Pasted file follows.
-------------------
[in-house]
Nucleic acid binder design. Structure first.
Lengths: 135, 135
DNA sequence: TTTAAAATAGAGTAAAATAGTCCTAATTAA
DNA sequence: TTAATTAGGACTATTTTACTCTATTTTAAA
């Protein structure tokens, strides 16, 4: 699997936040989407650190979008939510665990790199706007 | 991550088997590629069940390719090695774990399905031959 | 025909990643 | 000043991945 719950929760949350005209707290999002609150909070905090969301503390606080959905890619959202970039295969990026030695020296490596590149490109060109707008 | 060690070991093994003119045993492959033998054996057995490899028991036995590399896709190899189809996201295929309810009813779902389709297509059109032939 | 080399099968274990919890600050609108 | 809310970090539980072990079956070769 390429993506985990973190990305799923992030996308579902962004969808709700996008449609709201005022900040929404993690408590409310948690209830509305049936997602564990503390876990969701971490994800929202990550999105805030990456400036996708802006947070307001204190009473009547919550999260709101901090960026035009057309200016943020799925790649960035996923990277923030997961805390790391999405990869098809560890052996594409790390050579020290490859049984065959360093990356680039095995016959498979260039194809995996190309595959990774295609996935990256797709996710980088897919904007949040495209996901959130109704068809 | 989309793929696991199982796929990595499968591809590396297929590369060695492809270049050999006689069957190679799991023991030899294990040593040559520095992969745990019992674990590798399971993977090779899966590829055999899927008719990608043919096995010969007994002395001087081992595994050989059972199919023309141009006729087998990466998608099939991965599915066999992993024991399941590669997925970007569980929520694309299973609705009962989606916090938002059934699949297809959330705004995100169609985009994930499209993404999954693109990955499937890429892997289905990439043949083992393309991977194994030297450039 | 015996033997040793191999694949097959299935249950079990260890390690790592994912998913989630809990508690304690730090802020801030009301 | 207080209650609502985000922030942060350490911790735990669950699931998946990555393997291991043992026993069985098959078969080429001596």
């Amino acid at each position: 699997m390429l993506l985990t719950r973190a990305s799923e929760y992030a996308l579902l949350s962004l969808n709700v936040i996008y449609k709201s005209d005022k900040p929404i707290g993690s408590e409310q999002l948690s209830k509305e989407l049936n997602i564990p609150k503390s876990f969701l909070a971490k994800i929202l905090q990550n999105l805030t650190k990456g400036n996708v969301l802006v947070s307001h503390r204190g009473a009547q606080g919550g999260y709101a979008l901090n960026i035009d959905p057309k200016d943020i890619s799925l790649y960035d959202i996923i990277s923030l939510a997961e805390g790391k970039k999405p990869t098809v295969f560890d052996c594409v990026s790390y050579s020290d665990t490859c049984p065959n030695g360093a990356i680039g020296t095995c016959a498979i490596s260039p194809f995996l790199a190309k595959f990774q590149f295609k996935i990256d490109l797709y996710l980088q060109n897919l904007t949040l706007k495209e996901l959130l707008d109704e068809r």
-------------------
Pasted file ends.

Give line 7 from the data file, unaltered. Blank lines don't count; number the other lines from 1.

């Amino acid at each position: 699997m390429l993506l985990t719950r973190a990305s799923e929760y992030a996308l579902l949350s962004l969808n709700v936040i996008y449609k709201s005209d005022k900040p929404i707290g993690s408590e409310q999002l948690s209830k509305e989407l049936n997602i564990p609150k503390s876990f969701l909070a971490k994800i929202l905090q990550n999105l805030t650190k990456g400036n996708v969301l802006v947070s307001h503390r204190g009473a009547q606080g919550g999260y709101a979008l901090n960026i035009d959905p057309k200016d943020i890619s799925l790649y960035d959202i996923i990277s923030l939510a997961e805390g790391k970039k999405p990869t098809v295969f560890d052996c594409v990026s790390y050579s020290d665990t490859c049984p065959n030695g360093a990356i680039g020296t095995c016959a498979i490596s260039p194809f995996l790199a190309k595959f990774q590149f295609k996935i990256d490109l797709y996710l980088q060109n897919l904007t949040l706007k495209e996901l959130l707008d109704e068809r």